My husband is from the planet of Zolon!

didnt you people watch my lastest movie ?
take a look at my name

Anyone who thinks there isn't life out there hasn't read the stats in this article and actually thought about it. We've already found DNA on meteorites that landed in Antartica millions of years ago.

Can't wait to meet the "aliens."


The shear numbers alone are enough to allow me to look towards the heavens with absolute confidence in knowing within my line of vision life is looking back. I am thankful that I live in this age of discovery.

Maybe there's another planet that has dinosaurs like the ones from Earth. That would be incredible if they are still alive.

I find it extraordinarily arrogant that one would think that we are the only "living" creatures in exsistence. It is virtually impossible, statistically speaking, that we are the only earth. Even within our own galaxy, our solar system is merely a grain of sand on a mile long beach. What a waste of space it would be if we are the only intelligent life form in such a vast universe.

Personally, I suspect we will discover that humans are among the least evolved lifeforms in the multiverse.

"The rest of you dudes need to get your own planet."

If the Mormons are right, that can be arranged.
Such a universe wouldn't necessarily be any weirder than ours.

If I were to say that there is nobody else on the other side of the world that has the same hair color and eye color as you, you would say I was wrong and you couldn't believe I would suggest something so obviously incorrect.

The reason why you would have that reaction is because you clearly understand that there are billions of people on the other side of the world and at least one of them will have to match that description.
You don't know these people, or even what they look like, but you KNOW for a FACT that they are there BASED on the probabilities of the large numbers of people involved.

So, the same thing applies to life and planets, when people say there is no life in the universe, I have that same reaction of thinking they are wrong for suggesting something like that because I understand the size of the universe.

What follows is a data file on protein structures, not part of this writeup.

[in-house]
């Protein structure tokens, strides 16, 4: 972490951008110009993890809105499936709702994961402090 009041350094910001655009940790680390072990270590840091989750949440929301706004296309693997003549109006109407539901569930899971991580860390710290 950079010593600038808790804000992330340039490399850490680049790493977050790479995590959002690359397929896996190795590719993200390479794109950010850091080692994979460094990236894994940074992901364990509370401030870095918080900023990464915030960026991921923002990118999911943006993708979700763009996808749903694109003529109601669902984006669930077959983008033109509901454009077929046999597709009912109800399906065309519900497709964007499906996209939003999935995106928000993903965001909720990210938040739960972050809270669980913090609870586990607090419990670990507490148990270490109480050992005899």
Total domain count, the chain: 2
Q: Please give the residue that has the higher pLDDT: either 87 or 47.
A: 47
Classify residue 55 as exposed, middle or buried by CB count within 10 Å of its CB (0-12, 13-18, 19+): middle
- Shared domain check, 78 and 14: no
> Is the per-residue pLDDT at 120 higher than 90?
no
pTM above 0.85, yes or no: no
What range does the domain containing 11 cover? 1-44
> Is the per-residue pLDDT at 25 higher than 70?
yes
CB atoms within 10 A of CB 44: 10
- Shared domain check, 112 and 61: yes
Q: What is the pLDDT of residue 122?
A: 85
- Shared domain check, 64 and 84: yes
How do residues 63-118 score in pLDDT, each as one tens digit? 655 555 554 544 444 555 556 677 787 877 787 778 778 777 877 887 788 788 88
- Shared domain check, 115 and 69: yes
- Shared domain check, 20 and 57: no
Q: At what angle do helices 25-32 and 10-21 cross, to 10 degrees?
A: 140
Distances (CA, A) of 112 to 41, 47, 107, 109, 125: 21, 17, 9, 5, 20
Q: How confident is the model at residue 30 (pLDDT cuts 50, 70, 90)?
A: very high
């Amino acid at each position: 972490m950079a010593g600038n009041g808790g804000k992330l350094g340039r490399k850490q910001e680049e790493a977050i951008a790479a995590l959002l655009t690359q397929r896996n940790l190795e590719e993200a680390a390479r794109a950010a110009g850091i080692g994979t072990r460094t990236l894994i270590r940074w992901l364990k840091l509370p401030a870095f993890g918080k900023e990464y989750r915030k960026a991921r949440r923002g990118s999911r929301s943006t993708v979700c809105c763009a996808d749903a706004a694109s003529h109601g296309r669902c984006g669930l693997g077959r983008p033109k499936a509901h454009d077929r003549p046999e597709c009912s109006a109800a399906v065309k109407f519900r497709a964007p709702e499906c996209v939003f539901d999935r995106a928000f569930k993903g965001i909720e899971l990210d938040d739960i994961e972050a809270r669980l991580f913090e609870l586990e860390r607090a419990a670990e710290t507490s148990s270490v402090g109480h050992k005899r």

With that being said, if you truly understand and comprehend how truly large the universe is, or even just our galaxy alone, that there are TRILLIONS and TRILLIONS of stars, then it's pretty obvious that there is life out there.

To put the size of the universe into perspective, if the average person started counting when they were born and stopped when they died they would reach 2,144,448,000 seconds.
So, an average human can only count to 2.1 Billion seconds, with that being said, the Milky Way Galaxy alone contains 300 Billion stars, that means 1 human can't even count 1/30th of the amount of stars that there are, let alone catalog or see them all.

With Billions and Billions of years and Trillions of stars, the chances of something like life forming will happen many, many, many times.

first, the is no way the scientists could know the number of star. if yes, tell me how , the calculation.

and if the total number is 100 bilion, i guess 10 % is habitable,
10 bilions.

Verify your Comment

Previewing your Comment

This is only a preview. Your comment has not yet been posted.

Your comment could not be posted. Error type:
Your comment has been posted. Post another comment

The letters and numbers you entered did not match the image. Please try again.

As a final step before posting your comment, enter the letters and numbers you see in the image below. This prevents automated programs from posting comments.

Having trouble reading this image? View an alternate.


Post a comment

Your Information

(Name is required. Email address will not be displayed with the comment.)